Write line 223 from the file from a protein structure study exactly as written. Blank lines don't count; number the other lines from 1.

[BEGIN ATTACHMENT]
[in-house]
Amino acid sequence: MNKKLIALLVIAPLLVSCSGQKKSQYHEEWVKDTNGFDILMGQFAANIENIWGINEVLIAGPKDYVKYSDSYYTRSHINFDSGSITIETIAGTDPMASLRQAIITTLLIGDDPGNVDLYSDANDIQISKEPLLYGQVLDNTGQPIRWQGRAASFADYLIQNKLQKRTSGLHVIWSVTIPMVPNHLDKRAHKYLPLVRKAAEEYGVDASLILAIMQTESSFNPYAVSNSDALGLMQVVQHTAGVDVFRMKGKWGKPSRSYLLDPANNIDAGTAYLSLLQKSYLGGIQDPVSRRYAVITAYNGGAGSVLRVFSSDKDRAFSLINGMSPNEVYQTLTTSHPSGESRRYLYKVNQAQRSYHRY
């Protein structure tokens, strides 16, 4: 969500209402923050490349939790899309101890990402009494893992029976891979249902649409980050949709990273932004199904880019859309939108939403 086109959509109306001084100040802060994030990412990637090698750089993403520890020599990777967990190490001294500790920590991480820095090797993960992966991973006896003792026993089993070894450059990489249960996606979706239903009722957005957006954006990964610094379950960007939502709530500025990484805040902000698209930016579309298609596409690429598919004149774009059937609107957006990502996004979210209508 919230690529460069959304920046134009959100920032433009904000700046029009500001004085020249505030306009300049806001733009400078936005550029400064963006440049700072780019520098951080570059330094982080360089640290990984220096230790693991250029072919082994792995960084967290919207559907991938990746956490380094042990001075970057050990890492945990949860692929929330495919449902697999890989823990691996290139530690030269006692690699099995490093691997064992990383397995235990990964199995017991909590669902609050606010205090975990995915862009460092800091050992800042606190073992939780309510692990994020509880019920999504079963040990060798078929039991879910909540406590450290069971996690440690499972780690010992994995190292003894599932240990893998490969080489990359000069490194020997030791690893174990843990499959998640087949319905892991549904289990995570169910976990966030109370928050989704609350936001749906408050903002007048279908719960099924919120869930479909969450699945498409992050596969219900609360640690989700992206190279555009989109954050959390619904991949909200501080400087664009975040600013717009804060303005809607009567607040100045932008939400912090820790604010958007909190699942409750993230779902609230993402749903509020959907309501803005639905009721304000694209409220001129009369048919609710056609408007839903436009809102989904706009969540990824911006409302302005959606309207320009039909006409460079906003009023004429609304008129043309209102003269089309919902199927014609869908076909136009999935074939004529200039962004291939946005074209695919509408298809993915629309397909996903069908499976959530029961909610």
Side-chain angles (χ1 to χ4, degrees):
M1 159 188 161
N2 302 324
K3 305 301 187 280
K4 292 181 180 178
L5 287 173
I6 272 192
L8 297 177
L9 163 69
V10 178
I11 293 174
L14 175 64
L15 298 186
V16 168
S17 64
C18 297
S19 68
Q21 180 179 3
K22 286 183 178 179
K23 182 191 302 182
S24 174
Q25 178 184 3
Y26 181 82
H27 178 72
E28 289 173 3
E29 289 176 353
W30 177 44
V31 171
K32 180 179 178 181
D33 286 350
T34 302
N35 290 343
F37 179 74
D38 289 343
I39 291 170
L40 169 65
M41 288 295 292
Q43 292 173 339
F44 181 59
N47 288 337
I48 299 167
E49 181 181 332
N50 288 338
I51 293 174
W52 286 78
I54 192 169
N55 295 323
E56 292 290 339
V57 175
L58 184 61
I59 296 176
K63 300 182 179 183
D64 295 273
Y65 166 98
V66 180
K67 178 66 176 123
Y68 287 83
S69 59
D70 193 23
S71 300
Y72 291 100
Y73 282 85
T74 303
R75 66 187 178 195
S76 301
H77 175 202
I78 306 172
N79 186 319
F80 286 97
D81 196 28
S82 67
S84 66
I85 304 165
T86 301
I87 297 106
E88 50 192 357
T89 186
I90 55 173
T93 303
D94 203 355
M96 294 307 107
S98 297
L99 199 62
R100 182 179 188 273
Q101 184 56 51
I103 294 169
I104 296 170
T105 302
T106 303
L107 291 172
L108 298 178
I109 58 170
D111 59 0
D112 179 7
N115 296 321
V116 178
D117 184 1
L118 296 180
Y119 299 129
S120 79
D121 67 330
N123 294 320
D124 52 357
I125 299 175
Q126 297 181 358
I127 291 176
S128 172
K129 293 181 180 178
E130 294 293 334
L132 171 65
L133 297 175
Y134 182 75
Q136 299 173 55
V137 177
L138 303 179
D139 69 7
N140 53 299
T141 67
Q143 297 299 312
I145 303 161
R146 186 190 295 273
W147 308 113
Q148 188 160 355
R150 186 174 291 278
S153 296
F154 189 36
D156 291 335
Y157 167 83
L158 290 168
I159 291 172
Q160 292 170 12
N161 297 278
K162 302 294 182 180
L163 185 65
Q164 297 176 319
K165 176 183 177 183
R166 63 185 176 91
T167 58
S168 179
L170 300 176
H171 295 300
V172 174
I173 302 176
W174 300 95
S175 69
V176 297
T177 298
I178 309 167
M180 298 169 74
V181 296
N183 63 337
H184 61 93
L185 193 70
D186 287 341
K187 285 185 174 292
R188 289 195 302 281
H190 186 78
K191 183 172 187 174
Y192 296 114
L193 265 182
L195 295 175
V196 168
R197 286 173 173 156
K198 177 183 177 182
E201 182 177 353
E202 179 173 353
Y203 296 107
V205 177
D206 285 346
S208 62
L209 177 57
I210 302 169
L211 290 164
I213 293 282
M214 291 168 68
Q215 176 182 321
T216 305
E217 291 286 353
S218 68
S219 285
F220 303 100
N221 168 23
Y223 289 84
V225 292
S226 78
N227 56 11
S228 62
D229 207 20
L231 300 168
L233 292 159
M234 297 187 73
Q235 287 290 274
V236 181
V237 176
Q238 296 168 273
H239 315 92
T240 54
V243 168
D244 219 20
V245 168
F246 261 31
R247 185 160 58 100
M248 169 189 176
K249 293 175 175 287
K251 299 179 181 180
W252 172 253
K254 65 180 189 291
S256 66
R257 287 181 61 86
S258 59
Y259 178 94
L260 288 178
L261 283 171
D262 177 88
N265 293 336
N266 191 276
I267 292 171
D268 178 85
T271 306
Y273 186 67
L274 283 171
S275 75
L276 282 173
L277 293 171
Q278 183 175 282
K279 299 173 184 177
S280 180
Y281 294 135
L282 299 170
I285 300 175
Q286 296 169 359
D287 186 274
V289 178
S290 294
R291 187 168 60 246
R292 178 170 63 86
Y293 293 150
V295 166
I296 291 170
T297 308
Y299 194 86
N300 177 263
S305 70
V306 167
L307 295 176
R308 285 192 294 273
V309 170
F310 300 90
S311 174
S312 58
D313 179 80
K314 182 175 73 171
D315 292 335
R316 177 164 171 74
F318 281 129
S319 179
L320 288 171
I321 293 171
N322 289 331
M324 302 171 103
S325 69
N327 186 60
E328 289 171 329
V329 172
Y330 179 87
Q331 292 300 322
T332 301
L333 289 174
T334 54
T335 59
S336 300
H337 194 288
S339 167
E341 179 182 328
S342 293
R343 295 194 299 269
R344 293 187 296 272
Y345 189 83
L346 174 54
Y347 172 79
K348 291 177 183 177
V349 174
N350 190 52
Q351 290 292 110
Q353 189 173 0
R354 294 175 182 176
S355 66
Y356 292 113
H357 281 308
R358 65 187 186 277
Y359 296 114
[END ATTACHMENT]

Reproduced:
Y273 186 67